If you’ve taken a tour of our basement aquaponics lately or visited one of our numerous neighborhood farm plots, you might be thinking this restaurant must have done some serious scheming years ago. Yet, everything you see today was in fact the product of a slow, organic process of discovery. Well, perhaps slow is not the word! Since opening its doors in 2008, Gandhi Mahal has been eager to jump on opportunities as they’ve come, and thanks to the generous support of the community, those opportunities have led to outcomes that were all but unimaginable in the early days. Let’s take a look back in time to see how we’ve landed where we are today.
2008: Urban farming has been central to Gandhi Mahal’s vision since the very beginning. In its very first year of operation, the restaurant began growing its own produce at the Minnehaha Avenue Community Garden. The same year, Ruhel planted a second garden in his front yard.
2009: In an effort toward becoming a zero-waste operation, Gandhi Mahal began recycling its cooking oilto produce biodiesel. Considering the headache usually involved in grease disposal, it’s another practice that not only takes pressure off the environment, but off the staff as well!
2010: This year marked the restaurant’s first venture into year-round farming (a breeze in balmy Bangladesh; not such a breeze in the sub-zero Minnesota winter). When a neighboring business closed its doors in 2010, Gandhi Mahal expanded into its space and planted its first indoor garden in what is now the Community Room.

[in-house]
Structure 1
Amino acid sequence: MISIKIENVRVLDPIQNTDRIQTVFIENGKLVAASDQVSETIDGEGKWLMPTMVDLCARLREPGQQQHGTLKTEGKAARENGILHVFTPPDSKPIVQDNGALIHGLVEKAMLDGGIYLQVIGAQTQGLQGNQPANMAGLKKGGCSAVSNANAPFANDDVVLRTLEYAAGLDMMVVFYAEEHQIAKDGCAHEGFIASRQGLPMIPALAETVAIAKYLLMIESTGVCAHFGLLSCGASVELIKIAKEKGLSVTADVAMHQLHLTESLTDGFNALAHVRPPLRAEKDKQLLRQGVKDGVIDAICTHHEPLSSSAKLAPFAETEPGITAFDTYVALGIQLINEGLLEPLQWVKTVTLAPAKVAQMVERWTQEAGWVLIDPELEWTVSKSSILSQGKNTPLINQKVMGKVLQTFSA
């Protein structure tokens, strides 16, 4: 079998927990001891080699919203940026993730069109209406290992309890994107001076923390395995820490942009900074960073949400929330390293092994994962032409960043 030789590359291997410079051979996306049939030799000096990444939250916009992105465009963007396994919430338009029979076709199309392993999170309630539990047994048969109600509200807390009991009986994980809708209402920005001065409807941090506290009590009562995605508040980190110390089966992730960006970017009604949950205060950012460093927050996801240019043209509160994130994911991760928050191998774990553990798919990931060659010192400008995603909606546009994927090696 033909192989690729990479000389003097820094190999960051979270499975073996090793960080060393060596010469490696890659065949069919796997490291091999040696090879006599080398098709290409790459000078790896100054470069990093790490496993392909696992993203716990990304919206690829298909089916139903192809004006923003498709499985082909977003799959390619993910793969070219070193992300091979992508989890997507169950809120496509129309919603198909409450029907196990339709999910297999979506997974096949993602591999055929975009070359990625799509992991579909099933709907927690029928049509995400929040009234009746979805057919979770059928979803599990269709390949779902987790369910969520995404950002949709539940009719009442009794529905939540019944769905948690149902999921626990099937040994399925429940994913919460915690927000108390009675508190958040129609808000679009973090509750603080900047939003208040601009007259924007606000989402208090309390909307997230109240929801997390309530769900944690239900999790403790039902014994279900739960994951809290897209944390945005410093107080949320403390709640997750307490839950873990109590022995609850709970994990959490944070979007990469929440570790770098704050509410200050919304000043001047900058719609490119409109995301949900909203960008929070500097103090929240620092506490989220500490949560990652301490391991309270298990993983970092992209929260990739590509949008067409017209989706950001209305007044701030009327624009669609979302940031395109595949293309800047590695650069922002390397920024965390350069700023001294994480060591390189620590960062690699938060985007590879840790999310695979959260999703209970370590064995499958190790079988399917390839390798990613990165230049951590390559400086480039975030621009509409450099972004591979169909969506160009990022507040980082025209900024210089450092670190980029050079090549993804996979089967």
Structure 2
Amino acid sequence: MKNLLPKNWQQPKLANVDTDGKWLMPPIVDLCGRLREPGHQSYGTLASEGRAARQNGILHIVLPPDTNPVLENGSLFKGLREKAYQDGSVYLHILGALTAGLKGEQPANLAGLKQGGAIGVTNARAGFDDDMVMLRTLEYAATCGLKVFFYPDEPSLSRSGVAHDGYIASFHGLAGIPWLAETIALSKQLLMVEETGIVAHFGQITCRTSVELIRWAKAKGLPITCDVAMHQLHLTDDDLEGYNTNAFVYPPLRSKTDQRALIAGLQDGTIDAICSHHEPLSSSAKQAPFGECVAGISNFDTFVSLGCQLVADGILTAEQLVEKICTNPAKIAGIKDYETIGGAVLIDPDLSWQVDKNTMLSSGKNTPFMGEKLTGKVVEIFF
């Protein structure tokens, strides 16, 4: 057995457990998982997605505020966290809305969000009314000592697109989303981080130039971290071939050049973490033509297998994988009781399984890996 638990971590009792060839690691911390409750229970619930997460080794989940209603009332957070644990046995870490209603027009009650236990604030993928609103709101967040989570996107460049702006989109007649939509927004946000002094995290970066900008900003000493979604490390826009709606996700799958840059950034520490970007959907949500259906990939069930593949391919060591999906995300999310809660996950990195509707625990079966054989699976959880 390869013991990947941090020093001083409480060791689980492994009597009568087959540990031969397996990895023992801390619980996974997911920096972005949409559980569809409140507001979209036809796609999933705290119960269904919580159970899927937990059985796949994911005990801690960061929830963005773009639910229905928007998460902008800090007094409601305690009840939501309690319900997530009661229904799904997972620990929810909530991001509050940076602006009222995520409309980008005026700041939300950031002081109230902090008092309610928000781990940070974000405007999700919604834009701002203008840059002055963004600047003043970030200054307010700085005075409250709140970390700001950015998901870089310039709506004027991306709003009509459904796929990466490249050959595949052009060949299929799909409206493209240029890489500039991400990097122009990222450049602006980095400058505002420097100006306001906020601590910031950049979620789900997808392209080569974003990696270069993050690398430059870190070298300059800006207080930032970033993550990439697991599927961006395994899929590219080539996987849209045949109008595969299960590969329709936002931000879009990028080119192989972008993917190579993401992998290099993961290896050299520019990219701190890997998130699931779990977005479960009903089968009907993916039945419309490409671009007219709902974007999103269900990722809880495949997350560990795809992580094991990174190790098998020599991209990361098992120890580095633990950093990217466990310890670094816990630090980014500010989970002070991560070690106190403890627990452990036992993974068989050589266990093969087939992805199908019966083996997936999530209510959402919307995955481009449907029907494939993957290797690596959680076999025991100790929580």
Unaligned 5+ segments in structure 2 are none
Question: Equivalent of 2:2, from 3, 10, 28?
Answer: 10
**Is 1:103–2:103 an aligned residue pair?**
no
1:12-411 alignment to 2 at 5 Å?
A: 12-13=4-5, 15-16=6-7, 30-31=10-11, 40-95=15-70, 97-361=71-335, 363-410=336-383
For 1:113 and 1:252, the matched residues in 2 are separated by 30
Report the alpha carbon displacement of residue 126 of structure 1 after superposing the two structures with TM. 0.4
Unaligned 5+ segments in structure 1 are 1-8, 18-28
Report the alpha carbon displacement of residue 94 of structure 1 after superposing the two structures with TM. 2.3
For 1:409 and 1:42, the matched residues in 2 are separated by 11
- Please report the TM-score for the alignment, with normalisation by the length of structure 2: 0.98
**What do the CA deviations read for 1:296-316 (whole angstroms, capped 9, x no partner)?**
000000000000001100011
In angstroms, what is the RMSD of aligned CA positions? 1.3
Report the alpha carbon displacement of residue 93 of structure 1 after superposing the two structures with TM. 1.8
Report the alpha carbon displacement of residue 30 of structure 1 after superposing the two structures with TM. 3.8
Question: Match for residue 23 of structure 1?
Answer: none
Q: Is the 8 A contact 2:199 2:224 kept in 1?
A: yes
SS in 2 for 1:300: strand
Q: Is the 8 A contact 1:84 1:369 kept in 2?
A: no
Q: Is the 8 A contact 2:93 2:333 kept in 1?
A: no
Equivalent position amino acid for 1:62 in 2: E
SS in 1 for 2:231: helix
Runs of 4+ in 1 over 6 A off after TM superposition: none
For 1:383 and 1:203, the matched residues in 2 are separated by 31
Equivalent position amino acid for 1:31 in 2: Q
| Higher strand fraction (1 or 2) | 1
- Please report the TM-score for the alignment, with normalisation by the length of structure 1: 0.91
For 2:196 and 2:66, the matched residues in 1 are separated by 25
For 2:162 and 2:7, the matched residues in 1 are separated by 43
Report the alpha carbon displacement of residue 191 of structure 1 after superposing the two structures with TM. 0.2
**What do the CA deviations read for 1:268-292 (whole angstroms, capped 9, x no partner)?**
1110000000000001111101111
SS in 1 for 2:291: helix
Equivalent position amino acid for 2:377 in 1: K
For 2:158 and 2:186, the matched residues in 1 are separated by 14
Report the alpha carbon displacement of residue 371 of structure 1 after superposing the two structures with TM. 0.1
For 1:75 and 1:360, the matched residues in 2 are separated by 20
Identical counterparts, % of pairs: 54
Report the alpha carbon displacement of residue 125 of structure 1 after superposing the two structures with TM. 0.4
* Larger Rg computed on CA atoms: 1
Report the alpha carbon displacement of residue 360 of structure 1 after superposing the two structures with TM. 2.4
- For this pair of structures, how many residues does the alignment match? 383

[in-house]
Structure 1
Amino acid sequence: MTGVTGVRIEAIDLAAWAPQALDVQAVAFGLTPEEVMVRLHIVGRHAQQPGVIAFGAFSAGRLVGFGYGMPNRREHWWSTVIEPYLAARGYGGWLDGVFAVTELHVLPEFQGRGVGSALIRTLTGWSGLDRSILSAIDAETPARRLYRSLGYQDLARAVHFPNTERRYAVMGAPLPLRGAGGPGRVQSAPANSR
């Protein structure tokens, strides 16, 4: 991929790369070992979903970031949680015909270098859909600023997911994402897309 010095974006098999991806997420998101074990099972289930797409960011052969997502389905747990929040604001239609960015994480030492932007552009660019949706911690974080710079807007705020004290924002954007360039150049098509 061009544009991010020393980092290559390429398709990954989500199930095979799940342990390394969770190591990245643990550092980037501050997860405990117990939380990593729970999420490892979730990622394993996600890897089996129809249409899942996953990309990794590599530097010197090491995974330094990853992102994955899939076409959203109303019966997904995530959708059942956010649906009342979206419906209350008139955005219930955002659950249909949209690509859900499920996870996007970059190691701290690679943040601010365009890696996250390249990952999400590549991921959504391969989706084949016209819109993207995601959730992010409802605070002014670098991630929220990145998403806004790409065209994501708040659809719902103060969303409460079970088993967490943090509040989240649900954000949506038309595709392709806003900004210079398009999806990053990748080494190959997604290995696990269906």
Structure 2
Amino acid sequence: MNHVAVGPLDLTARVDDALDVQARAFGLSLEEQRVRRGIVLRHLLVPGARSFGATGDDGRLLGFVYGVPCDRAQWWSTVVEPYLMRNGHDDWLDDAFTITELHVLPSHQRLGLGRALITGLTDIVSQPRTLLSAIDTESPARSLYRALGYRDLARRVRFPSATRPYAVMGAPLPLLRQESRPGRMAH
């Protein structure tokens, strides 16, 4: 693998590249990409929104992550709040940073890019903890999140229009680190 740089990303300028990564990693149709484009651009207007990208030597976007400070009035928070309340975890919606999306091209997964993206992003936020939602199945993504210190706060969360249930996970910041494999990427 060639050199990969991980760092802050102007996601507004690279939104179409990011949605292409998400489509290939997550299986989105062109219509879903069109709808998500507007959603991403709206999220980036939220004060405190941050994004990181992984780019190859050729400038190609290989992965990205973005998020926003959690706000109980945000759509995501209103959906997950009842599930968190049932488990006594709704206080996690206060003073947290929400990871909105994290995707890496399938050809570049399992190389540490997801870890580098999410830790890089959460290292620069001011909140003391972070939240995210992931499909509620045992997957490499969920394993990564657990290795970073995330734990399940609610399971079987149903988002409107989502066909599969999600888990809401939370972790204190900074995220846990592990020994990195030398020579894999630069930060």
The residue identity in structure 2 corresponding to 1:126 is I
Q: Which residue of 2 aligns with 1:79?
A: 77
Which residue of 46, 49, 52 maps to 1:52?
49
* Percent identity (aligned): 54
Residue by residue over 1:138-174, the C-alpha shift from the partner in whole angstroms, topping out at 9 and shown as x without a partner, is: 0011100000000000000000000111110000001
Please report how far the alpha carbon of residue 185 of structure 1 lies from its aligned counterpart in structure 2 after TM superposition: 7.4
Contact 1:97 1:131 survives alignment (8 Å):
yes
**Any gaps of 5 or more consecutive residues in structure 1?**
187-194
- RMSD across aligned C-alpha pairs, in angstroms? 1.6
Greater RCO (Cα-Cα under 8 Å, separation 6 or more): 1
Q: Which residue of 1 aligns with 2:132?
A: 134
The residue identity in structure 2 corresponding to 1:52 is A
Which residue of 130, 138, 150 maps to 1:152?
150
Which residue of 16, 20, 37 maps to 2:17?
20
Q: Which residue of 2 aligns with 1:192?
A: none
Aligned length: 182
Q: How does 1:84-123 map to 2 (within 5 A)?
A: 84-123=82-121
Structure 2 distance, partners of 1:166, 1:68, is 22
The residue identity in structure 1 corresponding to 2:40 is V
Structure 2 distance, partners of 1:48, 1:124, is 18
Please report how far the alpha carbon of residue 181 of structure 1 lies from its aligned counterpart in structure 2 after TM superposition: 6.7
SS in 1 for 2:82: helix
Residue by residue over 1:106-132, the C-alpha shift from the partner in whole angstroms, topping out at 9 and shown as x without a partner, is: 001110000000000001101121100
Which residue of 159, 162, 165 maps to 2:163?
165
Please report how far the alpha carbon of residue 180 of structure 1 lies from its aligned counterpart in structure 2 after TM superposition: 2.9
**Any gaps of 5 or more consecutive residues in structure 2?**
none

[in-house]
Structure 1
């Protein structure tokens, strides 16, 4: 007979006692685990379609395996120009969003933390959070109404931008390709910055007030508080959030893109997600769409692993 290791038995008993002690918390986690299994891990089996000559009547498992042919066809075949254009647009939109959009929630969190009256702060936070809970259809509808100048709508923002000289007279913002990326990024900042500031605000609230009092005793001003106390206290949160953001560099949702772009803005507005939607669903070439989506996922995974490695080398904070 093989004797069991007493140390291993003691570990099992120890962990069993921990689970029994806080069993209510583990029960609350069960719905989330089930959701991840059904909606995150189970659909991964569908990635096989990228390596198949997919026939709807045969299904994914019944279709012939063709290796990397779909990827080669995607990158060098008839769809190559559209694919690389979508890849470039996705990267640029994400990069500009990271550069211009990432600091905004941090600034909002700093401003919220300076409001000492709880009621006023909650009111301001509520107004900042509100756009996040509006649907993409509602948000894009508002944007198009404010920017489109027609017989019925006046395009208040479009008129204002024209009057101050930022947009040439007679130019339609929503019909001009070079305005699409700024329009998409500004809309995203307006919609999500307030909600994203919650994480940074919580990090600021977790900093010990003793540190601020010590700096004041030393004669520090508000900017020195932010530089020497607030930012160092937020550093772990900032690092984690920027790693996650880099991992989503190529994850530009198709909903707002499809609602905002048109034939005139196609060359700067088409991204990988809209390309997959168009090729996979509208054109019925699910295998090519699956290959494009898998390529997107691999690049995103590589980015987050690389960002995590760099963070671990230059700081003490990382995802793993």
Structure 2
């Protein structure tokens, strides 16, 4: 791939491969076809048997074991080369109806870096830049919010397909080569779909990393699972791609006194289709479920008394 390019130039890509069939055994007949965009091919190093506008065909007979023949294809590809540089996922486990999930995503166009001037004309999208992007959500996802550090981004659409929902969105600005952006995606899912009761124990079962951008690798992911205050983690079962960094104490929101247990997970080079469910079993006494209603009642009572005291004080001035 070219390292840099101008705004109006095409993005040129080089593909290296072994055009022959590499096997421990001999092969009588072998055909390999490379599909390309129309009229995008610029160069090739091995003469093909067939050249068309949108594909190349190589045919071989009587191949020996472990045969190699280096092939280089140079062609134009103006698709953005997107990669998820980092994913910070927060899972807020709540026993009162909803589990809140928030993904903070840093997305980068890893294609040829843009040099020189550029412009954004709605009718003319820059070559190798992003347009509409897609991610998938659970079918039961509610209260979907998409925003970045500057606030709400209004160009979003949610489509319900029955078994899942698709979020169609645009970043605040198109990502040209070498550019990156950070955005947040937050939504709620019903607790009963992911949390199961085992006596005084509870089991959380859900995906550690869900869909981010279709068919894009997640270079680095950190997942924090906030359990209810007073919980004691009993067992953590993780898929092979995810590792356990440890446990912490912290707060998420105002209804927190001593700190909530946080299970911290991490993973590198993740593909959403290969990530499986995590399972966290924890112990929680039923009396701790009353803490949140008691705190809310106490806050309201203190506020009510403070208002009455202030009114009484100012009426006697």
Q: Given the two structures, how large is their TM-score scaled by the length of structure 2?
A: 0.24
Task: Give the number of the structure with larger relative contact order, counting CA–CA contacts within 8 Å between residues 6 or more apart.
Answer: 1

2012: In January 2012, a group of HECUA students visited Bangladesh to learn about sustainable community development. The group, led by professor Julia Nerbonne, met up
with Ruhel in his home village of Sreemangal and conversations began. What could we do back home to put education to action? The plan was to pilot a farm-to-restaurant yard-sharing program. That very summer, ground broke on a plot just blocks away from Gandhi Mahal, and over 2,000 pounds of produce made their way down the street and into the kitchen.
2013: By just the second year of Gandhi Mahal’s yard sharing program, there were already twelve backyard garden plots. Together, they supplied 10,000 pounds of produce to the restaurant!
2014: Last year, Gandhi Mahal finished construction on what is the first closed-loop aquaponics system ever installed in a Minnesota restaurant.
Since the ribbon-cutting this past March, both tilapia and guided tours are swarming in the storage-room-turned-jungle downstairs. Interested in learning more? Tickets are still available for the 2015 Aquaponics Symposiumat the University of Minnesota, where Ruhel and Zach Robinson of Spark-Y will speak on an industry panel discussion.
2015: This summer, don’t forget to keep your eyes up as you walk in the front door. We’re getting honeybees on the roof!